You might not think great Romantic English poets have any business being in the same story with Grant Street politicians.
Think again. The latest idea from members of City Council and City Controller Michael Lamb has me pondering William Wordsworth.
I kiddeth thee not.
City council voted Wednesday to nix Mayor Luke Ravenstahl's plan to lease the city's parking spaces for $452 million and use most of that to buttress the chronically ill pension fund. For months the mayor has pitched this desperate plan, and a company already has been selected.
The catch was higher parking rates for the next 50 years.
So council said hold it there, Crazy Lukey. Those prices are insane! The globe-trotting mayor's plan is now deader than Pirates playoff hopes, while council members and Mr. Lamb offer this alternative plan:
Sell the city's share of parking assets to the Pittsburgh Parking Authority for $220 million. Shove that windfall into the pension maw. The authority could float a bond issue, backed by parking rate increases, to pay that off.
The pension fund would be saved, or at least back on life support, and the parking fee increases wouldn't be as high as under the mayor's plan.
This, believe it or not, is where Wordsworth comes in.
While it's true that more people today know the theme to "The Flintstones" than any of William Wordsworth's poems, the guy was bigger than Beyonce in the early 19th century. I bring him up because Wordsworth hated Pennsylvania.
Why did he hate our commonwealth? Did a primitive Philly cheesesteak back up on him? No, it was our phoney-baloney bond schemes.
Evidently, in the Panic of 1837, when one American president inherited the knee-buckling economic problems of his predecessor (thank God that can't happen again), the Wordsworth clan found itself holding some Pennsylvania bonds that flat-out stopped paying interest.
This so incensed the poet that he did what poets do. He penned some scathing verse. (One can only imagine the fear that put into brawny village smithies hereabouts.)
"To the Pennsylvanians" has to be one of the worst things Wordsworth ever wrote, and I'm including his grocery lists. There's no need to share the entire screed, but here's the start:
Days undefiled by luxury or sloth
Firm self-denial, manners grave and staid
Rights with cheerfulness obeyed . . .
That doesn't fit too many modern Pennsylvanians, but that's how Wordsworth saw us, sober and hard-working -- until a speculative frenzy killed the American economy. So ...
All who revere the memory of Penn
Grieve for the land on whose wild woods his name
Was fondly grafted with a virtuous aim . . .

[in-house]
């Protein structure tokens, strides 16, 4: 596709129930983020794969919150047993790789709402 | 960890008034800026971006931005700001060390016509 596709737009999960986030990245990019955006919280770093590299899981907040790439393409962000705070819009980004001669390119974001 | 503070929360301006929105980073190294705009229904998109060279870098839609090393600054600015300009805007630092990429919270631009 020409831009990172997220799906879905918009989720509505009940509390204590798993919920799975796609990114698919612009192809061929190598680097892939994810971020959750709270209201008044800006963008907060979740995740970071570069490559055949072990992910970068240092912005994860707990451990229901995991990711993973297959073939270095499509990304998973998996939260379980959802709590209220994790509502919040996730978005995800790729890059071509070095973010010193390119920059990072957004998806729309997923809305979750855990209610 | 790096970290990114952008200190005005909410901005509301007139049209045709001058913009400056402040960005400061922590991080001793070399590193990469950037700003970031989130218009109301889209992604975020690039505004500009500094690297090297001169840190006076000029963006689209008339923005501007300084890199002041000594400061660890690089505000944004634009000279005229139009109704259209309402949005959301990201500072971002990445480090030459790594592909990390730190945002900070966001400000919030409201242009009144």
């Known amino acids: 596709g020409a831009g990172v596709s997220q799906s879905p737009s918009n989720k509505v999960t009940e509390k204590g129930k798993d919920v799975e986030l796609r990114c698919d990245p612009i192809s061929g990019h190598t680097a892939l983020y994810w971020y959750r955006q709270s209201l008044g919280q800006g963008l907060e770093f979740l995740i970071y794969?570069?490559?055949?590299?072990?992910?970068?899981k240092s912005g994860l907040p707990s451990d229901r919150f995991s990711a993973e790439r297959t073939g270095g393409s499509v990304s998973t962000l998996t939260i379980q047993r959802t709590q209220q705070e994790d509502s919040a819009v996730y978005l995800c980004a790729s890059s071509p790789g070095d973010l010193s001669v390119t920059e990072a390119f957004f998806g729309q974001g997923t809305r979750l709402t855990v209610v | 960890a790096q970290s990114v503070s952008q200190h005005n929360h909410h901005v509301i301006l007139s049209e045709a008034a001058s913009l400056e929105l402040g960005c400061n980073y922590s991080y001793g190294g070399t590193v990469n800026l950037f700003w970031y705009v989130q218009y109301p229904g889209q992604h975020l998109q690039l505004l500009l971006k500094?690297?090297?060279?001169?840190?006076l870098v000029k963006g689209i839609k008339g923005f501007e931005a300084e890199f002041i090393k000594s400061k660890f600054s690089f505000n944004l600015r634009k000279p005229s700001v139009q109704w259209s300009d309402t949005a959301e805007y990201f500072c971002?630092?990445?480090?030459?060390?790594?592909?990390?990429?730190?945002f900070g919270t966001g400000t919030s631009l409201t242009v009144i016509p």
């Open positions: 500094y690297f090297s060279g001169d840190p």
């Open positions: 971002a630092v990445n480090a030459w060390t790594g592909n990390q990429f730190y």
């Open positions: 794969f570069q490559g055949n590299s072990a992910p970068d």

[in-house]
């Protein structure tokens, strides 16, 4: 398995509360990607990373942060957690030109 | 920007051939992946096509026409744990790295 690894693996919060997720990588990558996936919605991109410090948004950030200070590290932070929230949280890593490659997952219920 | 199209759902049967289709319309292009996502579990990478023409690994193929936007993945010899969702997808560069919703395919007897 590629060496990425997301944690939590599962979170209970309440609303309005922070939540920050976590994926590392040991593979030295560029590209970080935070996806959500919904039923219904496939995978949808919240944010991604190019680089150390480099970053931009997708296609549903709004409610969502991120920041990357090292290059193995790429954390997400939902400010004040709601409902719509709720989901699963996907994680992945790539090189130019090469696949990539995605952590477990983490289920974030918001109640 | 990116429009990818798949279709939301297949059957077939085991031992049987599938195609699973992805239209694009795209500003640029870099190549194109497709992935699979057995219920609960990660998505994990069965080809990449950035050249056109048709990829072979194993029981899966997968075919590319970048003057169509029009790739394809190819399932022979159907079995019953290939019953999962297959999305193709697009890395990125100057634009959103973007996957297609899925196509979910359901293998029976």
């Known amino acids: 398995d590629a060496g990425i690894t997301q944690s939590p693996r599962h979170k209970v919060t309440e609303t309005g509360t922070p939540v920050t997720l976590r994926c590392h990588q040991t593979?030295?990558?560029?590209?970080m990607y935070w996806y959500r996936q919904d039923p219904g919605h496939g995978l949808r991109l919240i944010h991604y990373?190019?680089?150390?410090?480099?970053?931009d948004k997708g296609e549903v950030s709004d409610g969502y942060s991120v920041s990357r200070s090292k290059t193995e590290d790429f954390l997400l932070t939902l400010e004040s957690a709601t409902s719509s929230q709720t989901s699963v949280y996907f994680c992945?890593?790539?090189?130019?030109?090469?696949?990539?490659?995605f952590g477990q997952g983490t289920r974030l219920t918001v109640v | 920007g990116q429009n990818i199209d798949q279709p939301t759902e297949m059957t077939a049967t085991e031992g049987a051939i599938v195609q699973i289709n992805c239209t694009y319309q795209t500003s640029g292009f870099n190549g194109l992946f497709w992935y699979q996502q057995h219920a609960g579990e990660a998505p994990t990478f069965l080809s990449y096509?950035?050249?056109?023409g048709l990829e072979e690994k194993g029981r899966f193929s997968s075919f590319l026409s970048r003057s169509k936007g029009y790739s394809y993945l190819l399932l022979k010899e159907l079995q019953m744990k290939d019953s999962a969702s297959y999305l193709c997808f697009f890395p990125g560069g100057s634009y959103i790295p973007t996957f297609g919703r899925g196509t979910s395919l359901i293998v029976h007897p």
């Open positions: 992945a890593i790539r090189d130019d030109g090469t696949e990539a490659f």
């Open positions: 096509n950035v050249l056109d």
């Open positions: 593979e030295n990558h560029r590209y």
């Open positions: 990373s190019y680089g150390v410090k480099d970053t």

OK, that's enough.
Historians tell us that, after not paying a year or two of interest, Pennsylvania resumed payments. (Mississippi never did, repudiating its bonds, with no evident retaliation by any poets or minstrels.)
Could we be seeing a return of bad Pennsylvania debt?
Of course. The city of Harrisburg makes Pittsburgh look downright flush, having nearly missed a $3 million debt payment to municipal bond investors in September. It needs to borrow millions more to cover its payroll the rest of the year. Harrisburg's now looking to become the 20th municipality in Pennsylvania to be declared distressed, the same dubious distinction that Pittsburgh has worn for seven years.
So with this kind of track record, will anyone buy the bonds that council members propose? Of course. There are few surer bets than backing a Pittsburgher's willingness to pay top dollar just to get out of the car.
Face it. We've spent the past 60 years spreading out Greater Pittsburgh, and that has left many commuters with no choice other than driving to work.
Downtown parking garages have remained full no matter how many disincentives drivers have sucked up in recent years, be that a 50 percent parking tax or $4-a-gallon gasoline. The parking tax has been cut to 37.5 percent, but private parking operators haven't dropped their fees. Tight supply and high demand ensures that parking prices stay high.
Does anyone expect that to change with the Port Authority cutting routes and the Parkway North's HOV (Hardly One Vehicle) Lane telling us that car-pooling ain't hip?
The city taps commuters because the places where so many of them work, the hospitals and universities, are largely exempt from property and payroll taxes. (Don't bother rhyming that. It doesn't sound any better in iambic pentameter.)
Brian O'Neill: firstname.lastname@example.org or 412-263-1947.